}
  }
}

Works, right? Well, no. It no longer crashes. But now the tail doesn’t grow at all! Isn’t debugging fun?

2 Likes

So why doesn’t the tail grow now? Well, it never did, did it?

The problem is that append() returns an array - it doesn’t assign that array to anything. Basically, whoever wrote this didn’t use append() properly.

There are several other problems with this code as well. But I think the biggest problem, really, is that you ALREADY HAD this code. The best thing to do would be to take this code as an example and write a BETTER VERSION yourself, from scratch.

So let’s do that. Start with an empty sketch.

void setup(){
  size(600,400);
}

void draw(){
  background(0);
}

This code is already better than what you started with because it is 100% bug free & you understand it completely.

For most people, the next step is to try to write code. This is the wrong approach. For good coders, the next step is to break the large problem of “MAKE A SNAKE GAME” down into smaller steps. That’s better. But for once, we’re going to jump right into thinking with Portals. No wait, Objects. Now we’re thinking with Objects.

What sort of Objects would you need to have a snake game?

You need a snake.
You need food.
Anything else?
I can think of one that might be useful. A timer. That way we can avoid the weird t variable and how it was being used.

Let’s write those objects!

class Snake {
  // Maybe sme sort of way of storing body segments?
  int d; // Direction
  Snake() {
    d = 0;
  }
  void draw() {
  }
  void update() {
  }
  void grow() {
  }
  void onKeyPressed() {
  }
}

class Food {
  int x, y;
  Food() {
  }
  void draw() {
  }
  boolean wasEaten() {
    return false;
  }
}

class Timer {
  int time;
  int duration;
  Timer() {
    duration = 500;
    reset();
  }
  void reset() {
    time = millis() + duration;
  }
  boolean alarm() {
    if ( millis() > time ) {
      time = millis() + duration;
      return true;
    }
    return false;
  }
}

Why bother doing it this way?!?

This is why! Our main driving code becomes much easier to understand:

Snake snake;
Food food;
Timer timer;

void setup() {
  size(600, 400);
  snake = new Snake();
  food = new Food();
  timer = new Timer();
}

void draw() {
  background(0);
  if ( timer.alarm() ) {
    snake.update();
    if ( food.wasEaten() ) {
      snake.grow();
    }
  }
  food.draw();
  snake.draw();
}

void keyPressed() {
  snake.onKeyPressed();
}
2 Likes

Anyway, all you have to do next is fill in those classes.

This is what I came up with:

// Useful arrays to decode/use direction.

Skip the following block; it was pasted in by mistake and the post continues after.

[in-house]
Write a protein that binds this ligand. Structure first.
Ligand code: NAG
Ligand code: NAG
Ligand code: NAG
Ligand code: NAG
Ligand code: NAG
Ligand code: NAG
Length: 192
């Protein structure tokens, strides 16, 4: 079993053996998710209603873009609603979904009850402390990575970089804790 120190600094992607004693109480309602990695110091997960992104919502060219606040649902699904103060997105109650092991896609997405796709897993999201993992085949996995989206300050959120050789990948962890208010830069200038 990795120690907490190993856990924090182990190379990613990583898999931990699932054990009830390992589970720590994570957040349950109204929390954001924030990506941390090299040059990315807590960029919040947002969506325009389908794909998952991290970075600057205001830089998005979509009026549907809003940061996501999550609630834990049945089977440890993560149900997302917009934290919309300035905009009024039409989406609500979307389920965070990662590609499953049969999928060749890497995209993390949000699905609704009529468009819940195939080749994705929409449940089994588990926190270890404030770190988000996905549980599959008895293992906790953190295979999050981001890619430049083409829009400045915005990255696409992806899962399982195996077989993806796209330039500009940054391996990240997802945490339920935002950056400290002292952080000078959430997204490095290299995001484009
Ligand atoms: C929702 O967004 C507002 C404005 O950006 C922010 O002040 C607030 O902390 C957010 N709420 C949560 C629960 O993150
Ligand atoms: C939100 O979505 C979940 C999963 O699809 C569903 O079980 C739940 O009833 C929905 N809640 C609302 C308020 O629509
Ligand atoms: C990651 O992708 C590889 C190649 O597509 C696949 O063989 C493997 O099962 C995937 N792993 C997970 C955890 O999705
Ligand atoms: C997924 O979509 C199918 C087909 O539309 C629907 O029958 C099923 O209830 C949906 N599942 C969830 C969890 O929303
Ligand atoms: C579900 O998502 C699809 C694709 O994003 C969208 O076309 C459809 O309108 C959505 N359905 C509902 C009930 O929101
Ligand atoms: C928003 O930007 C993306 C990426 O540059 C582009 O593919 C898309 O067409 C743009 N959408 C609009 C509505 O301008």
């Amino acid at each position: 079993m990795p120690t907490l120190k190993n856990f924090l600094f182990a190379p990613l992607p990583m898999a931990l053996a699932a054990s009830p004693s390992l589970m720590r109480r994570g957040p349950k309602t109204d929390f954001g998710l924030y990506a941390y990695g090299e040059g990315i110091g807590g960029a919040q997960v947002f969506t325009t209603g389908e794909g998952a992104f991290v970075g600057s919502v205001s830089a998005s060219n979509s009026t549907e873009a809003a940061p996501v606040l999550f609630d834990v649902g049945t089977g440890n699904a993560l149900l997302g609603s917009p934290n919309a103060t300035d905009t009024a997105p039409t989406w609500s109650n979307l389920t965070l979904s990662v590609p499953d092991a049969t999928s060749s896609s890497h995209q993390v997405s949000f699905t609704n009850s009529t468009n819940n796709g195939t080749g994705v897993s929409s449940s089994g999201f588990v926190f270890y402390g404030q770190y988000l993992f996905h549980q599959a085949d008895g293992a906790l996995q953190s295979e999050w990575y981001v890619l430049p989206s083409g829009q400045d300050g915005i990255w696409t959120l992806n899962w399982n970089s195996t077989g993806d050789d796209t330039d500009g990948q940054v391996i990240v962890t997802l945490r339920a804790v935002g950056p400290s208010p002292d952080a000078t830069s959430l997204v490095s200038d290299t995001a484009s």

int[] dx = {1, 0, -1, 0};
int[] dy = {0, 1, 0, -1};
int[] dk = { RIGHT, DOWN, LEFT, UP };

class Snake {
  int x, y; // Current head position.
  ArrayList<PVector> tail; // Other segments.
  int d; // Direction of movement;
  boolean isGrowing = false;
  Snake() {
    d = 0;
    tail = new ArrayList();
  }
  void draw() {
    fill(50,200,50);
    stroke(150,200,50);
    rect(x,y,20,20);
    for( int i = 0; i < tail.size(); i++){
      rect(tail.get(i).x,tail.get(i).y,20,20);
    }
  }
  void update() {
    tail.add( new PVector(x,y,d) );
    if( isGrowing ){
      isGrowing = false;
    } else {
      tail.remove(0);
    }
    x += 20*dx[d];
    y += 20*dy[d];
    x += width;
    y += height;
    x %= width;
    y %= height;
  }
  void grow() {
    isGrowing = true;
  }
  void onKeyPressed() {
    for( int i = 0; i < dk.length; i++){
      if( key == CODED && keyCode == dk[i] ){
        d = i;
      }
    }
  }
}

class Food {
  int x, y;
  Food() {
    newPosition();
  }
  void draw() {
    fill(255,0,0);
    stroke(200,0,200);
    ellipse(x+10,y+10,20,20);
  }
  boolean wasEaten(int ox, int oy) {
    if ( x == ox && y == oy ) {
      newPosition();
      return true;
    }
    return false;
  }
  void newPosition() {
    x = 20 * int(random(width/20));
    y = 20 * int(random(height/20));
  }
}

class Timer {
  int time;
  int duration;
  Timer() {
    duration = 100;
    reset();
  }
  void reset() {
    time = millis() + duration;
  }
  boolean alarm() {
    if ( millis() > time ) {
      time = millis() + duration;
      return true;
    }
    return false;
  }
}

// --- Main driving code follows. Notice how simple its logic is to understand!

Snake snake;
Food food;
Timer timer;

void setup() {
  size(600, 400);
  snake = new Snake();
  food = new Food();
  timer = new Timer();
}

void draw() {
  background(0);
  if ( timer.alarm() ) {
    snake.update();
    if ( food.wasEaten( snake.x, snake.y ) ) {
      snake.grow();
    }
  }
  food.draw();
  snake.draw();
}

void keyPressed() {
  snake.onKeyPressed();
}

Using a dynamic structure (an ArrayList) for storing the body segments makes handling the tail a lot easier.

Anyway, this is a MUCH better snake game example to learn from.

2 Likes